Porting the PCE emulator to the browser
The Internet Archive recently added the original Macintosh to the list of classic computers of which they provide emulation, so you can run their archive of software titles in your browser, without installing anything. This is great because it provides the same level of accessibility and convenience to emulation as you'd expect of playing a media file or viewing a document.
When you start up the emulated computer on these pages of the Internet Archive, you're running the PCE emulator, originally a piece of software intended to run natively on desktop operating systems, which has been adapted and recompiled to run in your web browser. As I did the initial work of porting this emulator to the browser (back in 2013), I thought it would be worthwhile to provide a run-down of the tools and hacks which made this possible.
emcc compiler executable instead of
gcc. Emscripten's wrapper for Autotools' configure, called
emconfigure, does most of the work here. Emscripten also handles the mapping of native APIs to browser equivalents, so SDL rendering calls become Canvas API calls, browser input events become SDL events, etc.
requestAnimationFrame, which means that to achieve reasonable performance of the emulator we need to run many emulated CPU cycles for each yield. How many cycles to run could be dynamically adjusted, much like a game timestep, but to keep things simple I just hard-coded and hand-tuned this, and found that ~10000 CPU cycles per yield gives a decent balance of speed and I/O responsiveness for the emulator.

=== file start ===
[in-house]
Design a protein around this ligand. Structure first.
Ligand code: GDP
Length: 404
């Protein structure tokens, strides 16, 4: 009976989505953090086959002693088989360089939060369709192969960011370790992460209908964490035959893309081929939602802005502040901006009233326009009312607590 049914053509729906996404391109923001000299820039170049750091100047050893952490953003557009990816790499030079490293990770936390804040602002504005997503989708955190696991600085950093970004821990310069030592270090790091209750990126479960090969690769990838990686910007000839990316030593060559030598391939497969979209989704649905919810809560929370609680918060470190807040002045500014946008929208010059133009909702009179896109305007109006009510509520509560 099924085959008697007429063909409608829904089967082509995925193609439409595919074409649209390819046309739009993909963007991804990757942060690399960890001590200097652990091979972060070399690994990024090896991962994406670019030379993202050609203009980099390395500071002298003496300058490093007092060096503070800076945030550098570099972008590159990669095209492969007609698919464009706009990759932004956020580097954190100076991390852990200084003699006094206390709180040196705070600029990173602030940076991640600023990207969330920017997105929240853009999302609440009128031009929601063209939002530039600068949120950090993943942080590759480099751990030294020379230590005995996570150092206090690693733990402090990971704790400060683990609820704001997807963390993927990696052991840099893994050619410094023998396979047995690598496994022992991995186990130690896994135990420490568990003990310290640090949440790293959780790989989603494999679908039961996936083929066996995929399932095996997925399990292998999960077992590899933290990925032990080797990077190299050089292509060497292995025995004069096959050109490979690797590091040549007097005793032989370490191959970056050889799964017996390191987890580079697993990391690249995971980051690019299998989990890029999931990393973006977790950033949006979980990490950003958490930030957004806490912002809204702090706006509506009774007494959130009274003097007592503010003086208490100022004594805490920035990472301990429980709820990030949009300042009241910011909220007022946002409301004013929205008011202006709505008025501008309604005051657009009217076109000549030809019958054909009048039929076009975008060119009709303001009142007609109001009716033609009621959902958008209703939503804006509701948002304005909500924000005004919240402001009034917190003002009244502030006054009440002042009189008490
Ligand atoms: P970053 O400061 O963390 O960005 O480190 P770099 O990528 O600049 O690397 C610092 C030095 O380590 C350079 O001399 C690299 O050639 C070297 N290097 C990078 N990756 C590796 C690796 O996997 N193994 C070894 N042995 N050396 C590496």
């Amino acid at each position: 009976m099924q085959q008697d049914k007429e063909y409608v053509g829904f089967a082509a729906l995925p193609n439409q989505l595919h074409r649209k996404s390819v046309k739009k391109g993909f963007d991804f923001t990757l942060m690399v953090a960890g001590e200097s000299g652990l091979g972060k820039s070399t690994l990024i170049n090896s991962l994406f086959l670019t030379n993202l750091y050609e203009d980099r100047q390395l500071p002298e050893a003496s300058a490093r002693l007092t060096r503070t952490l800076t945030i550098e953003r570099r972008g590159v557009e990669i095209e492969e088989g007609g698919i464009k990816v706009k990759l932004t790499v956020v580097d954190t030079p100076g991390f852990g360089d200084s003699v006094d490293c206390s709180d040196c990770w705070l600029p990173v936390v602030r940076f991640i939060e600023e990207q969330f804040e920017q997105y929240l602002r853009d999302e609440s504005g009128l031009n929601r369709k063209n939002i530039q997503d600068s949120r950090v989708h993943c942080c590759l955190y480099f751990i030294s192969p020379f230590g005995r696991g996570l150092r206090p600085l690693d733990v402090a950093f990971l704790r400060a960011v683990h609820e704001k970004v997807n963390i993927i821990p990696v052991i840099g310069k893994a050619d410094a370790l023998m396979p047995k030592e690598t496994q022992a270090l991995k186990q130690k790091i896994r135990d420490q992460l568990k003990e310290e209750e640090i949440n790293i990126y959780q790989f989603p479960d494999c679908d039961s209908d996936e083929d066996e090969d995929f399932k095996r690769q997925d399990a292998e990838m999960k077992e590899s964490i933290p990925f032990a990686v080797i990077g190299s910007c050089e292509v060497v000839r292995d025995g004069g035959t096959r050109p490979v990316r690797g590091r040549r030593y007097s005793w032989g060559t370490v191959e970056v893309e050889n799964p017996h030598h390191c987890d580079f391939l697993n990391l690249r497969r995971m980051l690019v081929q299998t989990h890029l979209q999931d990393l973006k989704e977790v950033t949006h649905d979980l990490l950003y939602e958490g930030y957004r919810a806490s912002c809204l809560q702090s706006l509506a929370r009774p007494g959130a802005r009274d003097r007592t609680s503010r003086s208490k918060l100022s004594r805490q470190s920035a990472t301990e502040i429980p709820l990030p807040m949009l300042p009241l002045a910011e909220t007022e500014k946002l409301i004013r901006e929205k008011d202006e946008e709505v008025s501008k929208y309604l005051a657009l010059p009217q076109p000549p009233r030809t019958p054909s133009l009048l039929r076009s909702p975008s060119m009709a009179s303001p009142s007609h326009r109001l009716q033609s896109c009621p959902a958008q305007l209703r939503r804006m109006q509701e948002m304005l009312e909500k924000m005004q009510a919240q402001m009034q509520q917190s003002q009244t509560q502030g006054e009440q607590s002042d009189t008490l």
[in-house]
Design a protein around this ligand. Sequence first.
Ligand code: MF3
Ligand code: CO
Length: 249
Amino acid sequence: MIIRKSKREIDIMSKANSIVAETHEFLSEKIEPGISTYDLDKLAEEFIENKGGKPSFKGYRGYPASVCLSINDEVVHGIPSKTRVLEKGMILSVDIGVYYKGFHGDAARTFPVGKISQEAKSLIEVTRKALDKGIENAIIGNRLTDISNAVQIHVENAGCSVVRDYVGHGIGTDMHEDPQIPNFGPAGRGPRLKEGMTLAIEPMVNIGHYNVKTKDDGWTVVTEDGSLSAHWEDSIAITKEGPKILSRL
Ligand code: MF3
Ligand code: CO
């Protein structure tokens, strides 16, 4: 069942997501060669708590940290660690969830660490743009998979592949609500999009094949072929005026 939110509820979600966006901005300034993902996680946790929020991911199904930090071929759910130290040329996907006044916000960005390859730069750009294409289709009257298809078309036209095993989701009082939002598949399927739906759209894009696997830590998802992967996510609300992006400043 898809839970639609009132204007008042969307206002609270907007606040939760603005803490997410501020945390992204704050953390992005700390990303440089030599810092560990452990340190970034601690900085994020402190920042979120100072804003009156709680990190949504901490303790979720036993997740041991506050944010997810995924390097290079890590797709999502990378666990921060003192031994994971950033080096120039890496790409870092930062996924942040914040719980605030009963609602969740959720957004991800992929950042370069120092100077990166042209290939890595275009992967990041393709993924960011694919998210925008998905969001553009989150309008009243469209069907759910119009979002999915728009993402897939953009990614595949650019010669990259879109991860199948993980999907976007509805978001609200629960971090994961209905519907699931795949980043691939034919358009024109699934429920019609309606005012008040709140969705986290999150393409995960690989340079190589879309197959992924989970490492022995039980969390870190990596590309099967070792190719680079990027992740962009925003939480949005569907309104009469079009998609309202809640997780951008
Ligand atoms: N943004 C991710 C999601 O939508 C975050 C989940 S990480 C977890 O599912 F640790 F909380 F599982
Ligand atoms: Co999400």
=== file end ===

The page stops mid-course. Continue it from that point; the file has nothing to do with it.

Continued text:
Finally, there was the issue of 'mouse pointer integration', a feature provided by OS virtualization apps like VirtualBox. At this point, moving your mouse around the browser window resulted in the relative movement of the mouse being provided to Mac OS as emulated hardware mouse inputs. Mac OS then moves the mouse cursor by the same amount on the emulator's screen, but the resulting mouse position was not necessarily the same as your OS' real mouse pointer. I felt I could do better, so I added a neat/evil hack to actually update the emulated Mac OS mouse position to match your real mouse cursor's position on the screen. I realised that in classic Mac OS, the mouse position is stored in a few fixed absolute locations in the computer's memory, called 'low memory globals'. Basically, I directly write the mouse position value into the emulated computer's memory. Gross, right? But it works great, as you can see by drawing some stuff in Kid Pix. The mouse responds perfectly. You can read more about low memory globals in this folklore.org story.
I'm really glad Classic Mac emulation made its way onto archive.org, because I think everybody should have the opportunity to experience computing history, and the original Macintosh is an essential piece of that history.
If you're wondering about my rationale for porting emulators to the browser, have a read of my previous post on the subject.